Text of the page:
Fegan also said that ProQuest would work to tailor its products even more closely to users' needs and would be introducing appropriate applications to address specific research requirements. With many vendors racing to add various technological capabilities and user-support features, he feels that what continues to distinguish ProQuest are the quality and value of its human indexing and abstracts.

The linking support and administration functions aren't the only new features in ProQuest 6.0. From a number of screens, users can now get more extensive information on publication coverage dates, including dates of full-text and citation/abstract coverage, as well as any embargo information and coverage gaps for each title. A feature that will probably be very popular with librarians is the new title list system (available to anyone at http://www.il.proquest.com) that allows users to view and download title lists for ProQuest products. The enhancements include additional output formats (including Excel), indication of any embargoes, summary reports (such as numbers of titles, peer-reviewed titles, and embargoed titles), and more. According to Creguer, the lists are now more accurate and sophisticated.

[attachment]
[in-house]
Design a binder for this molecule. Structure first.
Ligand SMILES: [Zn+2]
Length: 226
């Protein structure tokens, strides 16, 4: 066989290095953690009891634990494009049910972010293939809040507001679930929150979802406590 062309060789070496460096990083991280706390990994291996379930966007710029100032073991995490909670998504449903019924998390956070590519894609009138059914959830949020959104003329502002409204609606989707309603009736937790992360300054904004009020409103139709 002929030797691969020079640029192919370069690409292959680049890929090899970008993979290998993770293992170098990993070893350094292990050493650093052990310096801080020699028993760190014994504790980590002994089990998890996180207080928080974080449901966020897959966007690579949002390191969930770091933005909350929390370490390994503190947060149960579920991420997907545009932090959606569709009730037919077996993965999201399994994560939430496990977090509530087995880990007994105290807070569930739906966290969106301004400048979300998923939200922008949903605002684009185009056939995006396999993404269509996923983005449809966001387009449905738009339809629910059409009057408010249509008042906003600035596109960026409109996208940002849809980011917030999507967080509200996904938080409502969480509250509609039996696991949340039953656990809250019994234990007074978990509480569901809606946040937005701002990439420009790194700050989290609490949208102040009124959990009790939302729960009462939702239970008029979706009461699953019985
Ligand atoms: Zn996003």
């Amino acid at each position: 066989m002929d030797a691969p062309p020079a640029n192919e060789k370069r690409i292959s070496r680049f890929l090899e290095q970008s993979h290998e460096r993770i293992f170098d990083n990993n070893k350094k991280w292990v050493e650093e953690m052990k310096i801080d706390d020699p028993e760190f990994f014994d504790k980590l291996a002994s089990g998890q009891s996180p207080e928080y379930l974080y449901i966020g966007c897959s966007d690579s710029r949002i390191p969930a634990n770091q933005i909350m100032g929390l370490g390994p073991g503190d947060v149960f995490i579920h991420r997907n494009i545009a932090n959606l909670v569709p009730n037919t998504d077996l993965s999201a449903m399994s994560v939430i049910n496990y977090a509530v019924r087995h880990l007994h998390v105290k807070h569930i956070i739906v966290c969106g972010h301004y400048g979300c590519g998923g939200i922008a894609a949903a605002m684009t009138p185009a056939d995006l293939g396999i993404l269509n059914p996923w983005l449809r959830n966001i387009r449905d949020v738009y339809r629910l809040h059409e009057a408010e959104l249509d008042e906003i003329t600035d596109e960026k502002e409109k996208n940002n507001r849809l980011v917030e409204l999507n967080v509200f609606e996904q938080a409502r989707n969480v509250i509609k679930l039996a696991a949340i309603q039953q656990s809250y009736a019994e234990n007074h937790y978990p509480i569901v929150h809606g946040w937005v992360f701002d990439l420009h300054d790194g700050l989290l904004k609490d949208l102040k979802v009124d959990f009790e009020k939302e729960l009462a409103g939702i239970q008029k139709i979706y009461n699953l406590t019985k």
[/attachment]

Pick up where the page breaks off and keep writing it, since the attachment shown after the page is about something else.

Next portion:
Other improvements in ProQuest 6.0 include the following:

  • The layout for the topic trees in the Topic Finder feature now more clearly illustrates the structure of the tree, allowing for easier topic navigation.
  • Enhancements to the Browse Lists feature make it easier to browse and search for index terms, including subjects, companies, people, and places. To further focus the search, the Narrow Term feature provides a list of index terms related to the search topic.
  • Besides the new German and French interfaces, new publications in German, French, and Spanish are being added to ProQuest databases.
  • A new Recent Search page allows users to more easily combine multiple searches.

ProQuest also recently announced an agreement with The Kiplinger Washington Editors, Inc. (http://www.kiplinger.com) that will bring 10 Kiplinger personal finance and business forecasting titles in full text to various databases available on the ProQuest system. Full-text coverage for Kiplinger's Personal Finance begins in January 1992. And because the agreement also includes rights to digitize its backfile as part of the company's Digital Vault program, full-page-image coverage is planned dating to 1947, the year of the publication's inception. Coverage for other Kiplinger titles begins in the current year. The Kiplinger publications will also be available through the ProQuest's Serials in Microform program, as well as through the company's XanEdu online curricular products.


Paula J. Hane is a freelance writer and editor covering the library and information industries. She was formerly Information Today, Inc.’s news bureau chief and editor of NewsBreaks.